A disputed debt could be:

A debt that you believe that you do not owe, or that you believe that you do not owe the amount stated

A debt that you have already paid

A debt related to being hospitalized. If you informed the hospital that you could not pay for the care, the hospital should have considered payment under a charitable care policy

A debt the collection of which you believe is barred because too much time has passed

A debt that was previously discharged in bankruptcy."

And this is the big one regarding JDB's violating state law or FDCPA:

"What a Debtor Can Do if a Debt Collector Violates the Law

Both the State Act and FDCPA permit consumers to sue debt collectors who engage in improper collection practices. Both Acts provide for injunctive relief in the form of court orders forbidding a debt collector to continue any improper practice. In addition, each Act provides actual and statutory damages for individual consumers, as well as costs and attorney's fees. The State Act permits for the greater of actual damages or $200, while the FDCPA provides for actual damages plus statutory damages of up to $1,000.

Under the State Act, the debtor may raise a counterclaim in any suit brought by a creditor or debt collector, relative to the debt collector or creditor violating the State Act. ***Upon proof of a violation by the debt collector or creditor, the court will award damages to the debtor-consumer, and will reduce the debt owed by the amount of the damages.***

Consumers may seek remedies through a court action in either superior or small claims court for violation of the State Act, or in federal court for violation of the FDCPA. The statute of limitations (the time during which an action may be brought in court) under these statutes is different: no more than 3 years after the violation in state court and 1 year in federal court."

Please note the sentence I put between the asterisks above.

I interpret that to mean that, sure, a JDB can break the law and a debtor can countersue, but in the end all it does is reduce the total debt owed by the amounts given.

Sounds like a damned if you do, damned if you don't situation.

Am I interpreting this correctly?

Thank you all for continued info, opinions, etc.

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@Simpleton - A big mistake that people make in these cases is to go into the process thinking the debt buyer is somehow a criminal enterprise and that you are a victim.


From everything you have posted it sounds like Cavalry paid for the "deluxe package" in terms of evidence, and you know the debt is yours. Unfortunately saying "I read that some guy on the internet won a case once," is not a defense. Is sounds like the mediator has seen this movie enough to be giving you a strong hint.


There was someone here earlier last year - I want to say it was in NH - who went to court to fight. She saw everyone else go into the hall and make settlement agreements. She fought and lost at trial. The plaintiff then told her pay up, in full, or they will start garnishing, etc. She broke into tears and asked about the deals everyone else got. Plaintiff's lawyer said "you should have thought about that when you had the chance."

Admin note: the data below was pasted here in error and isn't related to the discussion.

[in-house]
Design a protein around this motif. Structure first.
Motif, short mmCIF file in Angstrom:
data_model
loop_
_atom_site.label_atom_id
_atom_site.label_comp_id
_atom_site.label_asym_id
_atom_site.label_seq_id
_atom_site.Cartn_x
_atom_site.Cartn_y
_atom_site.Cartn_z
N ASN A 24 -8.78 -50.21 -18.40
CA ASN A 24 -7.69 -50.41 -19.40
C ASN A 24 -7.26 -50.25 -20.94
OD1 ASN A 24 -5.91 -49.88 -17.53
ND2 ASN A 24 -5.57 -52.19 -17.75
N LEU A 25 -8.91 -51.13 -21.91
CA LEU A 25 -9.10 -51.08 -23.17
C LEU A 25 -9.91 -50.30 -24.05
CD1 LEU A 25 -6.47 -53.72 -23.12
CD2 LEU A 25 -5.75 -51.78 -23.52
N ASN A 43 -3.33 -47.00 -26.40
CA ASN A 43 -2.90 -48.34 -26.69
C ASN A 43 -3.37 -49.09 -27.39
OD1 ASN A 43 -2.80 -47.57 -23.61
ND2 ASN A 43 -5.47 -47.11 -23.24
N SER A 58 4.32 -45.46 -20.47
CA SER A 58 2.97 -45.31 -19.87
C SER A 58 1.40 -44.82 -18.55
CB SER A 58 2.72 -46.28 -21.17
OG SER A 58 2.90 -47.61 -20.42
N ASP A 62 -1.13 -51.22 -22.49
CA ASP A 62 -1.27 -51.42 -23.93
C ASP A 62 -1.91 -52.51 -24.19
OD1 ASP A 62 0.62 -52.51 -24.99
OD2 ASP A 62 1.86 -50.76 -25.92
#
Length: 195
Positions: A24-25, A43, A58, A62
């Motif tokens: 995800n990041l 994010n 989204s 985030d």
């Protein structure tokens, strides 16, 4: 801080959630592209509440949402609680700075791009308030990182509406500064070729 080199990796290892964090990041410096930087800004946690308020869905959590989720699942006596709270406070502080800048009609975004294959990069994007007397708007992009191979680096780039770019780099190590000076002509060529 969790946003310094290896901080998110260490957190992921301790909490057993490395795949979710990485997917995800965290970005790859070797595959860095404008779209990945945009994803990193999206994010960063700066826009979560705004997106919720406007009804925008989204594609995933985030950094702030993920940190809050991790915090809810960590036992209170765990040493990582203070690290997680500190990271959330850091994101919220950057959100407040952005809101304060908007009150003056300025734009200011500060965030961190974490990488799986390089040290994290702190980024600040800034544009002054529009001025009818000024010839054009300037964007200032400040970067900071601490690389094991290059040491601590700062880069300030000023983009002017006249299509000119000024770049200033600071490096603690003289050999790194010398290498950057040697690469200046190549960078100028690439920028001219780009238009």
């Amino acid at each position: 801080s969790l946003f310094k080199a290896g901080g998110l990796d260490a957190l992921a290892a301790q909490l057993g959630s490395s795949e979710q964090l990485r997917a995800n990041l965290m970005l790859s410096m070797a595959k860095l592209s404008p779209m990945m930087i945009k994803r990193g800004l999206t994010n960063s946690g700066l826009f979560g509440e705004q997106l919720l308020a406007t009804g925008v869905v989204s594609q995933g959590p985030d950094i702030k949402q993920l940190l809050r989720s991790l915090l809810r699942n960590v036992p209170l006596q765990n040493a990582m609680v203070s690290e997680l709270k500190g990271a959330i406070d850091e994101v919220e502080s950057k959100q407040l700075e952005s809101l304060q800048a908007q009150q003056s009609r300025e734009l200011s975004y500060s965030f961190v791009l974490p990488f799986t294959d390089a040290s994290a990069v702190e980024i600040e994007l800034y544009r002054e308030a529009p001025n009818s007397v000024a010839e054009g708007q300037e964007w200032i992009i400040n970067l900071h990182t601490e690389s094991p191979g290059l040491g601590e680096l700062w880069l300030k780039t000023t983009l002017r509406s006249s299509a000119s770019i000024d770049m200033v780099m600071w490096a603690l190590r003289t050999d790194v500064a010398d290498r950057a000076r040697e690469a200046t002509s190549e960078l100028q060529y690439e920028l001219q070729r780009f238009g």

The advice about getting a lawyer is sound, but if you can't afford it you can't afford it. You owe it to yourself to see what type of offer the plaintiff is willing to make.

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@Goody - Thank you for the reply. I appreciate it.
No denying I'm bitter about the whole thing. It's simply based on the fact that the big banks are/were able to make horrendous financial decisions and then be given a vehicle and opportunity to get back on their feet (essentially seamlessly and without repercussions) whereas Joe Sixpack isn't afforded the same opportunity. I know it's not fair and that it's not supposed to be and things are what they are, but I'm still jaded.

Re: the settlement process - Is there any opportunity to learn just how much was paid for the debt and if so, can that be leveraged in the settlement?

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@Simpleton - I know how you feel. I'm facing the same mess from when everything fell apart. I have been lucky enough to win everything, so far, with a good lawyer, but when we got sued on a case like yours his one word was "settle." We are still engaged in that process.


Another big mistake is worrying about what they paid. If you found you had bought a million dollar painting for a dollar at a garage sale would you sell it for two bucks to "double your money?" All that matters to Cavalry is that you owe them 18K, plus whatever it costs them to get a judgement. It used to be common for them to take half in a lump sum, without arguing. Now they seem much more interested in getting you on a payment plan. I assume that is because it's like the mortgage market - they then buy and sell accounts that are secured with stipulated judgments.


Your next move should definitely be to http://www.consumeradvocates.org/ to find some lawyers for free consultations.

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Based on the statement here, I would guess that they paid about $1500 - $3000 for the debt if they got the deluxe package with all the evidence needed at trial. If you can put together $9k, then start a settlement discussion at $6k and see what they say. I would talk to an attorney though and see what options you really have.